Have you been declined for life insurance due to Addison’s Disease?
Luckily, you’ve come to the right place.
In fact, tough life insurance cases are our specialty at HighRiskLifeInsuranceAgency.com.
Our 2 Minute Promise
Stick with us for two minutes, and you’ll have two important questions answered:
1. Can you qualify for life insurance with addison’s disease? And if so…
2. How much will it cost?
But you won’t be able to get this rating through your auto insurance company.
Best Case Scenario – If Addison’s disease is detected early, symptoms are controlled and complications from the hormonal imbalance like diabetes are prevented, most cases have a “Standard” rating. Click here for quote at “Standard”.
Mild Case – Those with complications like thyroid hormone fluctuations that can lead to hypoparathyroidism, but whose symptoms are mostly controlled may still qualify for a “Mild Substandard” health class. Click here for a quote at “Mild Substandard”.
Common Questions to Assess Rating Class
If you’re unsure which of the above health classes to quote yourself at (Standard or Mild Substandard), please see the questions below:
1. How many years have you been diagnosed with Addison’s disease?
Addison’s disease is a manageable condition where an individual can live a considerably normal life, but it also has the potential to end up with serious complications. Longevity of the condition is one marker that will determine the extent of damage to the adrenal glands.
2. Have you experienced any symptoms within the last six months?
Symptoms such as steady, bothersome pain in the back, abdomen and legs, joint and muscle aches, severe vomiting, hypertension, fever, loss of consciousness or abnormal laboratory findings may indicate an unstable health condition that may result to a “mild substandard” rating.
3. Are you taking maintenance medications?
The need for medications is of utmost importance to replace the lacking steroid hormones in the body. Compliance to regular medication may mean that the health condition is controlled. If the same medications, however, require high doses that are given intravenously, it means that the condition has not been controlled for some time that is why it requires loading of steroid drugs. This could result to a “mild substandard” rating or even a decline depending on the severity of complications.
4. Do you have regular check-ups with your endocrinologist?
Scheduled, regular visits to your endocrinologist will assure that control and management are being implemented, which gives a good chance of being given a “standard” rating.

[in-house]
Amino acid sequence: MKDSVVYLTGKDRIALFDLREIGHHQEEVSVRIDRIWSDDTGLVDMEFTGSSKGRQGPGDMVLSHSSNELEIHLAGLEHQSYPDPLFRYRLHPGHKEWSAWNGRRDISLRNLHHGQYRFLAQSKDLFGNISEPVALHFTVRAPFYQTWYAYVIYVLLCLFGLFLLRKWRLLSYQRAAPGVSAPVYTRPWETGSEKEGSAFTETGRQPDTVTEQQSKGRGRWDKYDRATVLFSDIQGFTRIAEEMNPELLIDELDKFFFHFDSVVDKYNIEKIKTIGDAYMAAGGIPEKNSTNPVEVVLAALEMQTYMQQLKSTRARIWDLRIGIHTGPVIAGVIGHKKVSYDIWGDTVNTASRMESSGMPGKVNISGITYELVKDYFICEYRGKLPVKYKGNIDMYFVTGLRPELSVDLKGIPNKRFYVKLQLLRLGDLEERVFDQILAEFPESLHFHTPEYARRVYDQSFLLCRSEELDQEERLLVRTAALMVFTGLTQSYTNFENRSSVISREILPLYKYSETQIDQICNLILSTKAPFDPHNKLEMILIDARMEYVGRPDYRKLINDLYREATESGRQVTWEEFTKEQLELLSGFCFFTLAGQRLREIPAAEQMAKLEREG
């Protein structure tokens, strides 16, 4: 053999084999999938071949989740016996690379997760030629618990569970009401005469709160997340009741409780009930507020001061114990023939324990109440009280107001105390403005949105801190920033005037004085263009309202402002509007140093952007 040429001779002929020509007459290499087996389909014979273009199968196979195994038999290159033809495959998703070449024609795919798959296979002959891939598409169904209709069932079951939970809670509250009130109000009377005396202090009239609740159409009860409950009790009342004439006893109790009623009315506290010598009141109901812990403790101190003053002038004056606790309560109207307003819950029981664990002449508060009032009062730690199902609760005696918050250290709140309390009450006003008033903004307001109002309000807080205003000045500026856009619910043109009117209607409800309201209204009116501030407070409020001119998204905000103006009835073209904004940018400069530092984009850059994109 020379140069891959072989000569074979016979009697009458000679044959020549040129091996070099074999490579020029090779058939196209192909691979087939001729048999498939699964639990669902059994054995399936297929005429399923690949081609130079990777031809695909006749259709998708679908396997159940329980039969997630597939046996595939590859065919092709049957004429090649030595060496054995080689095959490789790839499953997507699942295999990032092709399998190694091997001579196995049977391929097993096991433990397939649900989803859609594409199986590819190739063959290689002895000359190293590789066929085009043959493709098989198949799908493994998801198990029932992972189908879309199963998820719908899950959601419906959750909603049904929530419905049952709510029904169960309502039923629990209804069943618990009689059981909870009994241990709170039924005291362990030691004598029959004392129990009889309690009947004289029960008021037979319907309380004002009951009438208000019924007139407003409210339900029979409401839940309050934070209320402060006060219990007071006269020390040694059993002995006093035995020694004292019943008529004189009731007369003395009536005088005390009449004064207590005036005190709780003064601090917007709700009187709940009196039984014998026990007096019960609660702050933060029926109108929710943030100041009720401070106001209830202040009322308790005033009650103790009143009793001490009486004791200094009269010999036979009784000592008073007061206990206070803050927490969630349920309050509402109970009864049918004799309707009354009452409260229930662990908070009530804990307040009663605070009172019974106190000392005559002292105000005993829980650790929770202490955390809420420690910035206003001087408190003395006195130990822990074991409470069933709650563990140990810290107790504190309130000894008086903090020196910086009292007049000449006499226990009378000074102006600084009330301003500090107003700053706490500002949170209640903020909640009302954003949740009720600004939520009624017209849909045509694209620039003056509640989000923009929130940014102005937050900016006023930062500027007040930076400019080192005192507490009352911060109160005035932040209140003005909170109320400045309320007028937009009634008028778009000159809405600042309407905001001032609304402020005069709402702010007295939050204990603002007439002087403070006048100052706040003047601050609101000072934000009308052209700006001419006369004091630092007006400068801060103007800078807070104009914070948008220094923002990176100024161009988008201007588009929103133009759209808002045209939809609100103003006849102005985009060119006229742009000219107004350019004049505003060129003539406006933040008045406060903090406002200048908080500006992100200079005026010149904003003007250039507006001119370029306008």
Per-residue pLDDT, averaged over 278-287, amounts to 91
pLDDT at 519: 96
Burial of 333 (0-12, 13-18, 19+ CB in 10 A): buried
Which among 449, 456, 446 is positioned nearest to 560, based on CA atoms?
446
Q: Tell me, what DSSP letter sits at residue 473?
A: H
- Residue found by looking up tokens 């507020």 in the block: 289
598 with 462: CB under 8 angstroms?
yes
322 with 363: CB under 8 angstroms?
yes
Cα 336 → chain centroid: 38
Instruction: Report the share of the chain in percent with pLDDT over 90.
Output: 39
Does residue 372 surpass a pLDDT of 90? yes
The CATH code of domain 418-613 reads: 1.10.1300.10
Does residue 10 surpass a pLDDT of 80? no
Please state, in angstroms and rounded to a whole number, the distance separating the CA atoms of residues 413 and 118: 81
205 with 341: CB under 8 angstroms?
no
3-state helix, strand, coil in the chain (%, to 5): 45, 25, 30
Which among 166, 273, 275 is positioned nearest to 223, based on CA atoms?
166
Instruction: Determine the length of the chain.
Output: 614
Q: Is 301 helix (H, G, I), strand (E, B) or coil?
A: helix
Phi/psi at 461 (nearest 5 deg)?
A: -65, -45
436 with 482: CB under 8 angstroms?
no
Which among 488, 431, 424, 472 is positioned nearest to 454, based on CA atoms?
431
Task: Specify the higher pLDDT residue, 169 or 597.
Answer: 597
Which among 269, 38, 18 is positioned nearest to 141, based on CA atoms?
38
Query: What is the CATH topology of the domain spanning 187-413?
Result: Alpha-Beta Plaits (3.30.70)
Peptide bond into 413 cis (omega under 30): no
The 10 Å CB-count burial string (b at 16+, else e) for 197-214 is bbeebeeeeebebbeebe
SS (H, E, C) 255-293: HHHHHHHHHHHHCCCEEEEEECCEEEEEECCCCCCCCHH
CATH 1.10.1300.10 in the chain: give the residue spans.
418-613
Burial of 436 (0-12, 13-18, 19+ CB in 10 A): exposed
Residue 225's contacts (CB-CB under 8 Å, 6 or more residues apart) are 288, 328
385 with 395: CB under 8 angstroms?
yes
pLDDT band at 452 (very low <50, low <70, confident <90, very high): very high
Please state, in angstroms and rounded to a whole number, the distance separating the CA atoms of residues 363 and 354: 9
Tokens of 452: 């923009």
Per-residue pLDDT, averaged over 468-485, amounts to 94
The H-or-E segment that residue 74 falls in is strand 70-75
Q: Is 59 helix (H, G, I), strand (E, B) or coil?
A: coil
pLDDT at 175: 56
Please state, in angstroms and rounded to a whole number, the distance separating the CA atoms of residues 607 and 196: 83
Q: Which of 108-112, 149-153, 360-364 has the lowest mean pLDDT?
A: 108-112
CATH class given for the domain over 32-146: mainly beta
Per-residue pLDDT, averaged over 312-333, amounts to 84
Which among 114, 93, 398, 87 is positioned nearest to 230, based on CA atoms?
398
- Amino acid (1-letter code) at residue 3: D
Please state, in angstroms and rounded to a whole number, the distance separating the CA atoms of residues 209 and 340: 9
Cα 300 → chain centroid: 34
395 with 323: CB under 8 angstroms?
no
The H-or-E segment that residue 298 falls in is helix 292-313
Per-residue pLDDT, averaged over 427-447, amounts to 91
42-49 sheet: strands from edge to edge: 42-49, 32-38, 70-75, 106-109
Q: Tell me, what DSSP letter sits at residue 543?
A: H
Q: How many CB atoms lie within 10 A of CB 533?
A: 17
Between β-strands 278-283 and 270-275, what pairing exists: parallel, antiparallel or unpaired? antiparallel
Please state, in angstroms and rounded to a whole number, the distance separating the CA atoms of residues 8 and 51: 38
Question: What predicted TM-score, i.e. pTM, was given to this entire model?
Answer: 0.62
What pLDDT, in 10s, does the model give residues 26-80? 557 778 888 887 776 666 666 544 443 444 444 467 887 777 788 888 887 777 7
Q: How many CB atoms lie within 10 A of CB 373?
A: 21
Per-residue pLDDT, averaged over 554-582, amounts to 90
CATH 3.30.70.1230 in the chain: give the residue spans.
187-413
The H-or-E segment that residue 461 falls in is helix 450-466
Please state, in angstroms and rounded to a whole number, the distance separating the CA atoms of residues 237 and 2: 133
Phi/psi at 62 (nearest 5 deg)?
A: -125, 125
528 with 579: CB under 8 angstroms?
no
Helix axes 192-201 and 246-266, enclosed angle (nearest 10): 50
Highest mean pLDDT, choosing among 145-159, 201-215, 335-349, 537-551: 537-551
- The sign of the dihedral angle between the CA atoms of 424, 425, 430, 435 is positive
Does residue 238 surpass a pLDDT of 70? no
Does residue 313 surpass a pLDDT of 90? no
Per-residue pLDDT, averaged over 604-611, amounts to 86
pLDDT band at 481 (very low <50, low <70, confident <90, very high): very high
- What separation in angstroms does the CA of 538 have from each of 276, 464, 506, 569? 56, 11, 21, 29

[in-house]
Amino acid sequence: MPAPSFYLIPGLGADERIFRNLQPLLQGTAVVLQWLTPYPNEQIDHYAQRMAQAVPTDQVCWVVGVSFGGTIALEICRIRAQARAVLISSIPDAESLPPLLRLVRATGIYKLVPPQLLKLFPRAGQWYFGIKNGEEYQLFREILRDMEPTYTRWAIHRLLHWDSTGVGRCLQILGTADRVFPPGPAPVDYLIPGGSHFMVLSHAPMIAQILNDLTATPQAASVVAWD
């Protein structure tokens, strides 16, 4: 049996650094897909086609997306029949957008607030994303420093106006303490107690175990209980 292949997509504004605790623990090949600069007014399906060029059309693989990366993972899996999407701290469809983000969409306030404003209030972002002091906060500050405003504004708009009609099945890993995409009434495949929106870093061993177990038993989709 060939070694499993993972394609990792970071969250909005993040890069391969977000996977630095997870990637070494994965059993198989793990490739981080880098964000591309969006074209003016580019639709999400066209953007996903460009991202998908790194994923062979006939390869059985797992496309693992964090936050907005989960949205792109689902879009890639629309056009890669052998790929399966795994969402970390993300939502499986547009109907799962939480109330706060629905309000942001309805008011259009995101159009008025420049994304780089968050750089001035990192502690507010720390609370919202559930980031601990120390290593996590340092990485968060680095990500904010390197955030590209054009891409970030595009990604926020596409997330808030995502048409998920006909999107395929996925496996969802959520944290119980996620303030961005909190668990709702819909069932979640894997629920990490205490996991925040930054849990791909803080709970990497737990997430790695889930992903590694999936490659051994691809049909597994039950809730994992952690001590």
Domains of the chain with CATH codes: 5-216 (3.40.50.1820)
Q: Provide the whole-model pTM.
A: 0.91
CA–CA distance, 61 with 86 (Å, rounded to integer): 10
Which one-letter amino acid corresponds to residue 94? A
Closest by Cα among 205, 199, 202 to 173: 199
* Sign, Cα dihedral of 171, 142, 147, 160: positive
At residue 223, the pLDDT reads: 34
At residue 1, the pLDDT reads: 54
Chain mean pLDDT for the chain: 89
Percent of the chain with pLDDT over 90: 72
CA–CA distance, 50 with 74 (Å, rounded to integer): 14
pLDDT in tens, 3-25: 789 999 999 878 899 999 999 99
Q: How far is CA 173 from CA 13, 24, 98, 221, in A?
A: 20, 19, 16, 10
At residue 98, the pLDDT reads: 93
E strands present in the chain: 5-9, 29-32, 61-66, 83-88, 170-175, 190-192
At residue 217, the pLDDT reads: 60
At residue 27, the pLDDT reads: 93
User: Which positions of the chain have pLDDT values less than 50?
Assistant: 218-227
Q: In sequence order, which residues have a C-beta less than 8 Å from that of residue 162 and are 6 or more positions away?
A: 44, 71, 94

5. Have you had any relevant diagnostic tests in the past 12 months?
Recent laboratory and diagnostic tests from the last 12 months will be compared to see the extent of the adrenal damage. These diagnostic tests will also show the actual state of the individual’s health condition.
If you are still unsure which rating class you fall under, we suggest getting a life insurance quote at multiple substandard ratings, so you can familiarize yourself with the range of substandard premiums.
Using the Instant Life Insurance Quote form on the right, select the rating class that best suits you based on your answers to the questions above, as well as complete the amount and type of coverage needed.
An estimate will appear on the next page.
If we can help you with a quote or to apply for coverage, call us at 877-443-9467.
Overview of Addison’s Disease
Addison’s disease, chronic adrenal insufficiency, hypocortisolism, hypoadrenalism is a chronic endocrine disorder that is genetic in nature or could be the result of a severe infection. It is characterized by a decreased production of steroid hormones in the body (glucocorticoids and mineralocorticoids) due to the destruction of the adrenal glands.
Symptoms of this condition include marked weakness, easy fatigability, loss of appetite, nausea and vomiting, skin discoloration or pigmentation and weight loss.
Since Addison’s disease is a lifetime condition it has the potential to develop serious complications like Hashimoto’s thyroiditis or hypoparathyroidism, but with the correct management this can be prevented.
Related Keywords: Addison’s disease, adrenal insufficiency, adrenal disorder, endocrine disorders, hormone-related disorder